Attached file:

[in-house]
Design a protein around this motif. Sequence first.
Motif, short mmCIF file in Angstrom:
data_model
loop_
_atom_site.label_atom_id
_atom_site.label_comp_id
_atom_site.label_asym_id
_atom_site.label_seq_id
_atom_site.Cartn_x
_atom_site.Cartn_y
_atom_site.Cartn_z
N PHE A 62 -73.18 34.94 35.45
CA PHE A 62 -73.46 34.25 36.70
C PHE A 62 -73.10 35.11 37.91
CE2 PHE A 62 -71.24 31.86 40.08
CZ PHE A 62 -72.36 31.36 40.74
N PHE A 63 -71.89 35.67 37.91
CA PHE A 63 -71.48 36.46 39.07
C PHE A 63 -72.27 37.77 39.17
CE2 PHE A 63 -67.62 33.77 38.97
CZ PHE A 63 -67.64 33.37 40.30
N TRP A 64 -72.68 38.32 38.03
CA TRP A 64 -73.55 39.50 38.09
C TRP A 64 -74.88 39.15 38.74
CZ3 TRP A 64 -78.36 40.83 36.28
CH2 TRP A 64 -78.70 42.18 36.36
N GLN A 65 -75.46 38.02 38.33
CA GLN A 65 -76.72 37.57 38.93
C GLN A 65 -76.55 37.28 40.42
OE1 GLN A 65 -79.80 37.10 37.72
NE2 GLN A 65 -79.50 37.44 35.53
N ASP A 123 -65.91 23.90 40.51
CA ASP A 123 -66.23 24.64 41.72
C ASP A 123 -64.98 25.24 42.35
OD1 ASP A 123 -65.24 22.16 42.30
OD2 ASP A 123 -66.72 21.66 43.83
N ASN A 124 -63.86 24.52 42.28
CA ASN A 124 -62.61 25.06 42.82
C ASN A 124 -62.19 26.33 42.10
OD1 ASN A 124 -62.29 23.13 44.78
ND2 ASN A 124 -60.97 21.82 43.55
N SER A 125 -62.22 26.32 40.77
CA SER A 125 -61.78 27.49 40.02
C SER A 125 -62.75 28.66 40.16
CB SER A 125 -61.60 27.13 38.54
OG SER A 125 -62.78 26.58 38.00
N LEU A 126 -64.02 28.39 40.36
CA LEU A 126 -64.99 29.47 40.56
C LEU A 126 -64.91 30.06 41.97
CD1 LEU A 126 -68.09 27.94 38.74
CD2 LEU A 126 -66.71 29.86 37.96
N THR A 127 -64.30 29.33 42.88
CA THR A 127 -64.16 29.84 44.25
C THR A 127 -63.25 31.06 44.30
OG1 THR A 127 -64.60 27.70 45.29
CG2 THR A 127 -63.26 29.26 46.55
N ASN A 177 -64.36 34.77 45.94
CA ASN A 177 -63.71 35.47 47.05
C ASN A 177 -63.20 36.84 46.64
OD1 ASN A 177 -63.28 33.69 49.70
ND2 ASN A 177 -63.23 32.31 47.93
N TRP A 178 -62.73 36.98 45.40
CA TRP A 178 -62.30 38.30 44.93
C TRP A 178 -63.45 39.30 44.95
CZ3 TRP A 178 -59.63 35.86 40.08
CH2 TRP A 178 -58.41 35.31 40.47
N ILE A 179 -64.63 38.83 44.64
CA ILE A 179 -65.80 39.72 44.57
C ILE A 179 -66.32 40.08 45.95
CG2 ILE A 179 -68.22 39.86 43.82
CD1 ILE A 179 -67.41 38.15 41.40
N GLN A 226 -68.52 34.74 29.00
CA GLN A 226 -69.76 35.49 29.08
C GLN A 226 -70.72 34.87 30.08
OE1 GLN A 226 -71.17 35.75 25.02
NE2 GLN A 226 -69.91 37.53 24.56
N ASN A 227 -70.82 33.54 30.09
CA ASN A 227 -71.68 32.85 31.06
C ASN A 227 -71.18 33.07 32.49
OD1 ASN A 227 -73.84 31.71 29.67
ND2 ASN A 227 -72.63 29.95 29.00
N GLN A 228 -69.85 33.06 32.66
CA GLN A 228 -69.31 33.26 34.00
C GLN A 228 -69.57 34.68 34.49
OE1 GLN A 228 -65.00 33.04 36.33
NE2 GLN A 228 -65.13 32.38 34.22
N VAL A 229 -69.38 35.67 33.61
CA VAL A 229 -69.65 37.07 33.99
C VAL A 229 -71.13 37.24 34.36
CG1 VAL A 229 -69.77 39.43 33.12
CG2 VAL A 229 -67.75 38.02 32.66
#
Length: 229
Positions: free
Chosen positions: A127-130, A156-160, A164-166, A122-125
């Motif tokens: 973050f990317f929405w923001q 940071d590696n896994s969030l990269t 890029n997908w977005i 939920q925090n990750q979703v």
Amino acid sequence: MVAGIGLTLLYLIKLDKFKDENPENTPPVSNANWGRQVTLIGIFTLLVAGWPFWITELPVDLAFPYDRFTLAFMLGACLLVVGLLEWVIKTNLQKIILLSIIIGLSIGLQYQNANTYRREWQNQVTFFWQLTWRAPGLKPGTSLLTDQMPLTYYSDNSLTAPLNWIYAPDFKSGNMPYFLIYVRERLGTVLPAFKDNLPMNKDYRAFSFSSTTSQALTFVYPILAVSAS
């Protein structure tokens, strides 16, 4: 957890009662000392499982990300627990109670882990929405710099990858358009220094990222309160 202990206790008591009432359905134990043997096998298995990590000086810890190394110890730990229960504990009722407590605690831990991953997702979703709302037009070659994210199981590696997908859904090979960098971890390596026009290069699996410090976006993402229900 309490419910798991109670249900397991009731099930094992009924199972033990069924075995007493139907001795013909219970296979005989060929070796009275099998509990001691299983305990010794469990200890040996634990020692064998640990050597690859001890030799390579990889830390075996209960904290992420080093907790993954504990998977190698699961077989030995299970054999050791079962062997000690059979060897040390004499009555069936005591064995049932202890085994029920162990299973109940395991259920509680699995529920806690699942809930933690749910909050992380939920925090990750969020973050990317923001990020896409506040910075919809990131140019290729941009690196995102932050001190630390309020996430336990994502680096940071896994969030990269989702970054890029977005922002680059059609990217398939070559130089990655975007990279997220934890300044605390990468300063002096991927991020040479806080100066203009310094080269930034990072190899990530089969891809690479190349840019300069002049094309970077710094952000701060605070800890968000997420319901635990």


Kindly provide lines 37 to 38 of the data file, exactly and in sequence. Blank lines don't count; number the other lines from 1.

OD2 ASP A 123 -66.72 21.66 43.83
N ASN A 124 -63.86 24.52 42.28